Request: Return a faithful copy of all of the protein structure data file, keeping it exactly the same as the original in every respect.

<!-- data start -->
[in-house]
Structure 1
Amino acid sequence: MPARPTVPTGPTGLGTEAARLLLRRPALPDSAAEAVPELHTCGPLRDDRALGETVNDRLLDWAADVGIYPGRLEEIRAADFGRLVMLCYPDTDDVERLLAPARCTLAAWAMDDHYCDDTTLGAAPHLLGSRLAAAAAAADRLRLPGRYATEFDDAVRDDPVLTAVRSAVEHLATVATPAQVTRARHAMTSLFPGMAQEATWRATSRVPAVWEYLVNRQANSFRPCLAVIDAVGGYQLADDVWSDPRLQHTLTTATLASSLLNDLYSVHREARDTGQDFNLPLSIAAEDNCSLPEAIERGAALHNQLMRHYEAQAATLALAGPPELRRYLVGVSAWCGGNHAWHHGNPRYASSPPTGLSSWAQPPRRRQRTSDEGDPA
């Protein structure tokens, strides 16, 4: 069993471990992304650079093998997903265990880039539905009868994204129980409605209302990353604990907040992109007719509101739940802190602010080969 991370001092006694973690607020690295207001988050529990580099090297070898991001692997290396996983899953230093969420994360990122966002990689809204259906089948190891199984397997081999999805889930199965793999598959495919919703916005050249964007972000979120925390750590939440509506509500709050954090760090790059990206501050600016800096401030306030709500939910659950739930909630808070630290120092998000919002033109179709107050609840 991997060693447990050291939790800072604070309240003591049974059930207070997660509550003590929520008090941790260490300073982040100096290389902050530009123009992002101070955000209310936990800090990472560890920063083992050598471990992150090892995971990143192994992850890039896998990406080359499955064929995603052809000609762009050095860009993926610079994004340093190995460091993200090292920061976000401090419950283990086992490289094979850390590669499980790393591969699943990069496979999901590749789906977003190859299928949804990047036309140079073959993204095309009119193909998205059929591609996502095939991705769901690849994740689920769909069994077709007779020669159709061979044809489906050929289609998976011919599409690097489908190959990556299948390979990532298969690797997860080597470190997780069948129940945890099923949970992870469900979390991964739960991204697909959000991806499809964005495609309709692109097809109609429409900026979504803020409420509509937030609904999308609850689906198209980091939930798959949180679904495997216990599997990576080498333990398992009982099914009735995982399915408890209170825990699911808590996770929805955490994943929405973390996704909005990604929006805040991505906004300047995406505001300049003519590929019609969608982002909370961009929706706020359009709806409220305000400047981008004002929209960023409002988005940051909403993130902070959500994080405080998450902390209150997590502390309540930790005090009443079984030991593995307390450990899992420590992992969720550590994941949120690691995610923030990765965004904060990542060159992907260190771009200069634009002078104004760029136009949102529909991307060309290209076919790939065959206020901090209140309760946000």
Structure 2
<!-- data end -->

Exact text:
[in-house]
Structure 1
Amino acid sequence: MPARPTVPTGPTGLGTEAARLLLRRPALPDSAAEAVPELHTCGPLRDDRALGETVNDRLLDWAADVGIYPGRLEEIRAADFGRLVMLCYPDTDDVERLLAPARCTLAAWAMDDHYCDDTTLGAAPHLLGSRLAAAAAAADRLRLPGRYATEFDDAVRDDPVLTAVRSAVEHLATVATPAQVTRARHAMTSLFPGMAQEATWRATSRVPAVWEYLVNRQANSFRPCLAVIDAVGGYQLADDVWSDPRLQHTLTTATLASSLLNDLYSVHREARDTGQDFNLPLSIAAEDNCSLPEAIERGAALHNQLMRHYEAQAATLALAGPPELRRYLVGVSAWCGGNHAWHHGNPRYASSPPTGLSSWAQPPRRRQRTSDEGDPA
């Protein structure tokens, strides 16, 4: 069993471990992304650079093998997903265990880039539905009868994204129980409605209302990353604990907040992109007719509101739940802190602010080969 991370001092006694973690607020690295207001988050529990580099090297070898991001692997290396996983899953230093969420994360990122966002990689809204259906089948190891199984397997081999999805889930199965793999598959495919919703916005050249964007972000979120925390750590939440509506509500709050954090760090790059990206501050600016800096401030306030709500939910659950739930909630808070630290120092998000919002033109179709107050609840 991997060693447990050291939790800072604070309240003591049974059930207070997660509550003590929520008090941790260490300073982040100096290389902050530009123009992002101070955000209310936990800090990472560890920063083992050598471990992150090892995971990143192994992850890039896998990406080359499955064929995603052809000609762009050095860009993926610079994004340093190995460091993200090292920061976000401090419950283990086992490289094979850390590669499980790393591969699943990069496979999901590749789906977003190859299928949804990047036309140079073959993204095309009119193909998205059929591609996502095939991705769901690849994740689920769909069994077709007779020669159709061979044809489906050929289609998976011919599409690097489908190959990556299948390979990532298969690797997860080597470190997780069948129940945890099923949970992870469900979390991964739960991204697909959000991806499809964005495609309709692109097809109609429409900026979504803020409420509509937030609904999308609850689906198209980091939930798959949180679904495997216990599997990576080498333990398992009982099914009735995982399915408890209170825990699911808590996770929805955490994943929405973390996704909005990604929006805040991505906004300047995406505001300049003519590929019609969608982002909370961009929706706020359009709806409220305000400047981008004002929209960023409002988005940051909403993130902070959500994080405080998450902390209150997590502390309540930790005090009443079984030991593995307390450990899992420590992992969720550590994941949120690691995610923030990765965004904060990542060159992907260190771009200069634009002078104004760029136009949102529909991307060309290209076919790939065959206020901090209140309760946000």
Structure 2